Perseus and the Gorgon's Head by PuppetCraft
The people took the form of five storytelling gods, given to meddling with the lives of unfortunate human beings as a way of relieving themselves of the boredom of eternal life. The puppets were both a mixture of beautifully carved creations, operated generally by hand but also by string, and playful use of everyday objects and cloth. The classic story, that of Perseus who is challenged to kill Medusa, the infamous Gorgon with snakes for hair and whose gaze turns men to stone. The set was inventive, transforming from a feast laden table into a stage where bronze towers rose and sea monsters were defeated.
The main character puppets were elegant and simple forms, but with detailed costumes and distinct personalities. The three grey ladies were a particular delight. Voluminous dresses housed three withered hags with only one eyeball to share between them, which they plucked out and passed between themselves in order to see. It was skilful puppetry and brilliant to watch.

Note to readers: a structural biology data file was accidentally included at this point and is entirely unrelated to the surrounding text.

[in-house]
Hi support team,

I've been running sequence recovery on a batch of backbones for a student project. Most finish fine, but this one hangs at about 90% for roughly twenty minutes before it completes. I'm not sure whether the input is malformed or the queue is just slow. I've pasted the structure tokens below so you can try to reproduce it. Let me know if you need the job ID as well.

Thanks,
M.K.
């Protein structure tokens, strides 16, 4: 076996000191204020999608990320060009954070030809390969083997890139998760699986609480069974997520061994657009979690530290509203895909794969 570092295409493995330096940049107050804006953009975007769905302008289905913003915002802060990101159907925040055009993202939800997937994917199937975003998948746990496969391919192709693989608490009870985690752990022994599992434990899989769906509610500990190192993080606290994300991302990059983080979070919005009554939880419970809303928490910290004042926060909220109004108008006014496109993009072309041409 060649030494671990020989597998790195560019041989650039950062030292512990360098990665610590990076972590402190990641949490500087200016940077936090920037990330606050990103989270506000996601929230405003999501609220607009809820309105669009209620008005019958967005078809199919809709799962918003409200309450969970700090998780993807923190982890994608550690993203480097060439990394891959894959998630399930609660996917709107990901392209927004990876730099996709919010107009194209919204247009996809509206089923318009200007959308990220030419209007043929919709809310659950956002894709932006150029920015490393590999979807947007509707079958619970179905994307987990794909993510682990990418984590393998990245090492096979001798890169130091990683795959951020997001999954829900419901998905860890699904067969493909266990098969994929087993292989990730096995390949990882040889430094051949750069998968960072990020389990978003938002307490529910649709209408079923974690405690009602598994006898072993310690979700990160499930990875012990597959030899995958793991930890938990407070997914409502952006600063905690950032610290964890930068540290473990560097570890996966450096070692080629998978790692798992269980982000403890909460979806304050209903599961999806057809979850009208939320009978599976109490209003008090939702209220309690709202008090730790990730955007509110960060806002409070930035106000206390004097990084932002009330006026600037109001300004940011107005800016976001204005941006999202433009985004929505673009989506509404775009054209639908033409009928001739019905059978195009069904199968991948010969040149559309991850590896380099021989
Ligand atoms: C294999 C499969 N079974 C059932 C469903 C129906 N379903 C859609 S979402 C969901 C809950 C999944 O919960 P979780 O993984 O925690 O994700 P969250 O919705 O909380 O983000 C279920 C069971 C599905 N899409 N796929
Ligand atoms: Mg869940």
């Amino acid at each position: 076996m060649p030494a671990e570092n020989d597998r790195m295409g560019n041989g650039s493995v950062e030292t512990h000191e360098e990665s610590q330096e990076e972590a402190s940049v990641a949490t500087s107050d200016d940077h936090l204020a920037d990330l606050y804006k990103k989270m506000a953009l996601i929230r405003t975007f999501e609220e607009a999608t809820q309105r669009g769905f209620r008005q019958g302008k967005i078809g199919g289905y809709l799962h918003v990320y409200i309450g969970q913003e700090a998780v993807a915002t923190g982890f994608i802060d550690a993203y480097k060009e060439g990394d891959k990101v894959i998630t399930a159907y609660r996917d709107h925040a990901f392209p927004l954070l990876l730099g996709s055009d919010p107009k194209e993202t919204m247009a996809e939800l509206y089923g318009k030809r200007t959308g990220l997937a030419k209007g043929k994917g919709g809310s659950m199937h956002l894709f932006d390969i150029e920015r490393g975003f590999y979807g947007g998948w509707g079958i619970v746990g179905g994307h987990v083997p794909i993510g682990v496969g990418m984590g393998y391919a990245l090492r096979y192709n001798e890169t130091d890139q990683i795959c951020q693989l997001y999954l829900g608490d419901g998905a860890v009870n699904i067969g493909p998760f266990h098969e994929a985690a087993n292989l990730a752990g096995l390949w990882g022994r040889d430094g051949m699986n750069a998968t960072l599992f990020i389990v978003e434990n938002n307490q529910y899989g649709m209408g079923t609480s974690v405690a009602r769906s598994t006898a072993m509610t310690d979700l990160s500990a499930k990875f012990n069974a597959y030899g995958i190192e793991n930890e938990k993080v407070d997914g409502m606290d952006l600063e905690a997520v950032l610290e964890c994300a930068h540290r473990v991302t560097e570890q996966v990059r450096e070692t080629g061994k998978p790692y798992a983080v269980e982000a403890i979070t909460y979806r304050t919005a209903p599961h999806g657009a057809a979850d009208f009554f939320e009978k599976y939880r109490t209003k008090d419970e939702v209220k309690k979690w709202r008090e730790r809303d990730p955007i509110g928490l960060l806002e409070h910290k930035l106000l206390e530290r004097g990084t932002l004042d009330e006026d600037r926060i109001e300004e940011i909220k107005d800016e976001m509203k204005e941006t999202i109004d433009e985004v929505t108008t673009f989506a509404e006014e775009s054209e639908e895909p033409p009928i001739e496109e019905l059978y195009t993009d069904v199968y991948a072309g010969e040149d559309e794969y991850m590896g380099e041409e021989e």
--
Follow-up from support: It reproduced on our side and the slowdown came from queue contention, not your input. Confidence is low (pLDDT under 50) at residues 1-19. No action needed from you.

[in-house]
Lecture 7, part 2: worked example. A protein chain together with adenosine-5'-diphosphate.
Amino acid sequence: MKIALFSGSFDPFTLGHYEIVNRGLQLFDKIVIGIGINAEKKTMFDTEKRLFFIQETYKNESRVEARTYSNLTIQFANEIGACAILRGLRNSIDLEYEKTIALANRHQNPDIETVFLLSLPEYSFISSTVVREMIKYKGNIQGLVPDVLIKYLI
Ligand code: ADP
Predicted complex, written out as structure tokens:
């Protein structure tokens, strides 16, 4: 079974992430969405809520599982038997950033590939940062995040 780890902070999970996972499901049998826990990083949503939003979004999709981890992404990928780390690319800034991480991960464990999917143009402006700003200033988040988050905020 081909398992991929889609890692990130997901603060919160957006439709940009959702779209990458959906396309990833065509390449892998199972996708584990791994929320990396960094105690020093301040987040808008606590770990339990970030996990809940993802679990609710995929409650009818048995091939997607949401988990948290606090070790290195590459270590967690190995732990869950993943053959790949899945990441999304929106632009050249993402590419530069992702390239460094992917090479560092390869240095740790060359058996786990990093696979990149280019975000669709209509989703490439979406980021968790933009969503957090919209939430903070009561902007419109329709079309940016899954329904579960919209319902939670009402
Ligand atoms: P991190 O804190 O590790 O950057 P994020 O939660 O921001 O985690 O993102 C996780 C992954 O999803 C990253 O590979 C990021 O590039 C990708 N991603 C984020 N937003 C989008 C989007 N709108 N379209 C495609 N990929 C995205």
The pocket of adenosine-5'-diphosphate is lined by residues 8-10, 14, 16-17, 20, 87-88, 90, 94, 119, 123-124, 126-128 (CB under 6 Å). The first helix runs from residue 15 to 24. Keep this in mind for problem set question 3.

The human performers were clearly working hard, but there were a few clumsy moments and missed notes. It's a small space for five performers and 20 puppets, and the actors/puppeteers did a sterling job of adapting to it, but things didn't run as smoothly as they could. Although this was couched as 'adult puppetry' it didn't feel like it. It was certainly suitable for children and lacked knowing winks. Charming, but perhaps a bit disappointing if you were expecting something a bit racier from the ancient Greeks.
Puppetry performances of all kinds continue throughout the week as part of the Suspense festival. Whether you're a puppetry connoisseur or a puppet virgin it's definitely worth checking this festival out. Find out more at www.suspensefestival.com